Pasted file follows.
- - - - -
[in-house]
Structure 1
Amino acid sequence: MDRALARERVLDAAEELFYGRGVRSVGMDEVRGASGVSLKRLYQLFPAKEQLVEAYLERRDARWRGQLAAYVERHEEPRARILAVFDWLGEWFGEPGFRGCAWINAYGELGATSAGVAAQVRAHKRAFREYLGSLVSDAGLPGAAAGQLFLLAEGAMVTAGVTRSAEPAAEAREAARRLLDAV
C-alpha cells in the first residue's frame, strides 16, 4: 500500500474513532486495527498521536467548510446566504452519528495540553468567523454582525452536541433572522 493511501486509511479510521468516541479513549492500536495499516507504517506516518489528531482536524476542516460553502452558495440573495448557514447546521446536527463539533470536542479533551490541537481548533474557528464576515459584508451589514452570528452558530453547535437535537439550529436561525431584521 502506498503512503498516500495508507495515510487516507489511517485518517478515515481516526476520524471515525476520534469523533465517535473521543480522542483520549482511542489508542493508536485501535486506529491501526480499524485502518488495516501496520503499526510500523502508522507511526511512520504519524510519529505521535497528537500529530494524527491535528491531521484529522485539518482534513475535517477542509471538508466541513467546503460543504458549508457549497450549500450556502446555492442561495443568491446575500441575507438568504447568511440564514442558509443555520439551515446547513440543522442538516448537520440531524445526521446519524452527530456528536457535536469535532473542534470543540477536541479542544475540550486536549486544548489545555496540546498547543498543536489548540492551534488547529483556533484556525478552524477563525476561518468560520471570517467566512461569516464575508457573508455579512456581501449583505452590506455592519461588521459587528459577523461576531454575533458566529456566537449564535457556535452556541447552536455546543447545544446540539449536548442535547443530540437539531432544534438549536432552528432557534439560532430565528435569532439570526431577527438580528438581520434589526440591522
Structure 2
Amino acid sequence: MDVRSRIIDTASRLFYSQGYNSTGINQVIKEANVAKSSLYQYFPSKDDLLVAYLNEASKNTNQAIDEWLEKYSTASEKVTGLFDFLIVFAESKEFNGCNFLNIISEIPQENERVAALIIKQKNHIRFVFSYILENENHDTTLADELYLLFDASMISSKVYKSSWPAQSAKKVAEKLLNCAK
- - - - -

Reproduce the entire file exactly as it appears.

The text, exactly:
[in-house]
Structure 1
Amino acid sequence: MDRALARERVLDAAEELFYGRGVRSVGMDEVRGASGVSLKRLYQLFPAKEQLVEAYLERRDARWRGQLAAYVERHEEPRARILAVFDWLGEWFGEPGFRGCAWINAYGELGATSAGVAAQVRAHKRAFREYLGSLVSDAGLPGAAAGQLFLLAEGAMVTAGVTRSAEPAAEAREAARRLLDAV
C-alpha cells in the first residue's frame, strides 16, 4: 500500500474513532486495527498521536467548510446566504452519528495540553468567523454582525452536541433572522 493511501486509511479510521468516541479513549492500536495499516507504517506516518489528531482536524476542516460553502452558495440573495448557514447546521446536527463539533470536542479533551490541537481548533474557528464576515459584508451589514452570528452558530453547535437535537439550529436561525431584521 502506498503512503498516500495508507495515510487516507489511517485518517478515515481516526476520524471515525476520534469523533465517535473521543480522542483520549482511542489508542493508536485501535486506529491501526480499524485502518488495516501496520503499526510500523502508522507511526511512520504519524510519529505521535497528537500529530494524527491535528491531521484529522485539518482534513475535517477542509471538508466541513467546503460543504458549508457549497450549500450556502446555492442561495443568491446575500441575507438568504447568511440564514442558509443555520439551515446547513440543522442538516448537520440531524445526521446519524452527530456528536457535536469535532473542534470543540477536541479542544475540550486536549486544548489545555496540546498547543498543536489548540492551534488547529483556533484556525478552524477563525476561518468560520471570517467566512461569516464575508457573508455579512456581501449583505452590506455592519461588521459587528459577523461576531454575533458566529456566537449564535457556535452556541447552536455546543447545544446540539449536548442535547443530540437539531432544534438549536432552528432557534439560532430565528435569532439570526431577527438580528438581520434589526440591522
Structure 2
Amino acid sequence: MDVRSRIIDTASRLFYSQGYNSTGINQVIKEANVAKSSLYQYFPSKDDLLVAYLNEASKNTNQAIDEWLEKYSTASEKVTGLFDFLIVFAESKEFNGCNFLNIISEIPQENERVAALIIKQKNHIRFVFSYILENENHDTTLADELYLLFDASMISSKVYKSSWPAQSAKKVAEKLLNCAK